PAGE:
I am grateful to receive the Cheng and Tsui Walton Award from the CLTA. It is an honor that I accept with the knowledge that this award reflects the work of many colleagues, especially in the NEALRC. My colleague Dr. Minru Li should be receiving this for his contributions to the field of Chinese language study and to the CLTA. I have a feeling that he recommended me when, in all fairness, I should have been recommending him. Although I do not know in particular to whom I should address this: I would like to acknowledge those who nominated me and wrote supporting letters and thank them for their generosity and good will.
I thank the CLTA for creating this award in Ron Walton’s name and further thank the Cheng and Tsui Company for sponsoring it. This company has become an important part of the foundation of Chinese studies in the United States and beyond and its founder, Jill Cheng, was a person that Ron Walton deeply respected.
I do not want to miss this opportunity to say a few words about Ron Walton, the important name on this fine looking plaque. If you are enjoying a career focused on researching and advancing the teaching and learning of Chinese in America, you should from time to time think fondly of Ron. I, for one, would not be in this field were it not for him. Ron took the lead in advocating for the role of a Chinese language professional on university faculties that then only permitted positions in literature and linguistics. It was a radical position and Ron paid a professional and personal price for his work on Chinese language (and other less-commonly-taught languages) at the expense of what an older colleague referred to as “a most promising career in Chinese linguistics” that would have led to the promotions one expects from a successful academic career. We in no small measure should thank Ron for the fact that today there are numerous accomplished professors in universities across this country who are declared specialists in Chinese language learning and instruction.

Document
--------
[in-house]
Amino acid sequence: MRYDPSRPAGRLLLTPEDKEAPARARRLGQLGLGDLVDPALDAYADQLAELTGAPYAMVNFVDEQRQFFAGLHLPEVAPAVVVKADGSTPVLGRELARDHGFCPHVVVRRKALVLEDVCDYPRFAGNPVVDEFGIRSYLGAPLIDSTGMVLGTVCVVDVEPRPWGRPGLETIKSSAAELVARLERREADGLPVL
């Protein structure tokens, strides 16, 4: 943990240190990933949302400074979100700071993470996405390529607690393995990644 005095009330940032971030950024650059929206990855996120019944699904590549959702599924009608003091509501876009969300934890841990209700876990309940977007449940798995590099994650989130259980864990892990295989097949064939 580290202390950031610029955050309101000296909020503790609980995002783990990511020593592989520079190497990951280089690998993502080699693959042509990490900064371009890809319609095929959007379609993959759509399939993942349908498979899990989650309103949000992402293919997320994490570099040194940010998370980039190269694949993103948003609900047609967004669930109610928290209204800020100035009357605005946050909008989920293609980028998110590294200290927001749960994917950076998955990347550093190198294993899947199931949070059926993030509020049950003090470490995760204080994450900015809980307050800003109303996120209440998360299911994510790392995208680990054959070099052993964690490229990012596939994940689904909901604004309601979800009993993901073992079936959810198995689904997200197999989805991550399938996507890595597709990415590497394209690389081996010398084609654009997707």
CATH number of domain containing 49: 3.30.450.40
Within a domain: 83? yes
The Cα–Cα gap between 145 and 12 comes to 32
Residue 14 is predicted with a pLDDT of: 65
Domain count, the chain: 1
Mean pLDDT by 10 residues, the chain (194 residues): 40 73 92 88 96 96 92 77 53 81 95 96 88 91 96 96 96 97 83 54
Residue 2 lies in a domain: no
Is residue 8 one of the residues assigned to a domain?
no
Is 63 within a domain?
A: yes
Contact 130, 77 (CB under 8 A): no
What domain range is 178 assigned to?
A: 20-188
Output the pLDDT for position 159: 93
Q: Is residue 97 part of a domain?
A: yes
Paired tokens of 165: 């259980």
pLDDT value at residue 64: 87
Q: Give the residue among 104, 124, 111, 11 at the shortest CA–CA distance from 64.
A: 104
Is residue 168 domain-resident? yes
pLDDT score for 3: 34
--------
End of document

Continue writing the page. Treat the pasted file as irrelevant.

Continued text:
As a graduate student and young faculty member, I was thinking only of a possible career in literature and Ron was excited about improving the learning and teaching of Chinese. His long-term, yet unrealized, goal was to write a book about learning Chinese from the learner’s point of view. He was far ahead of the times by focusing on the learning and how increasing our knowledge of learning processes would improve Chinese language study.
Ron was an early supporter of K-12 Chinese language instruction and an enthusiastic advocate of CLASS (Chinese Language Association of Secondary-elementary Schools). He spent a generous amount of time looking for ways to encourage and support the teachers building that organization.
A reading of his writings shows that Ron was interested in the “architecture of the field” and thus encouraged us to look at the institutionalization of Chinese language learning in this country. Very early Ron on understood that in order to train Americans to advanced levels of Chinese language proficiencies, we needed to build an infrastructure that explicates and supports the entire process. He was involved in advancing our understanding of material development, teacher training, and program building throughout his career. His ideas were the origin of such programs as “The Language Flagship” and the “Language Resource Centers”. Although the final form and results of these organizations fall far short of his concepts, he did demonstrate that understanding the present and looking into the future can lead to meaningful change.
Ron understood the importance of China and the increasing impact Chinese language and culture will have on American life. He genuinely appreciated the work that Chinese language teachers do everyday and took great enjoyment from all of your successes.
Thank you again for this meaningful award that represents his sentiments.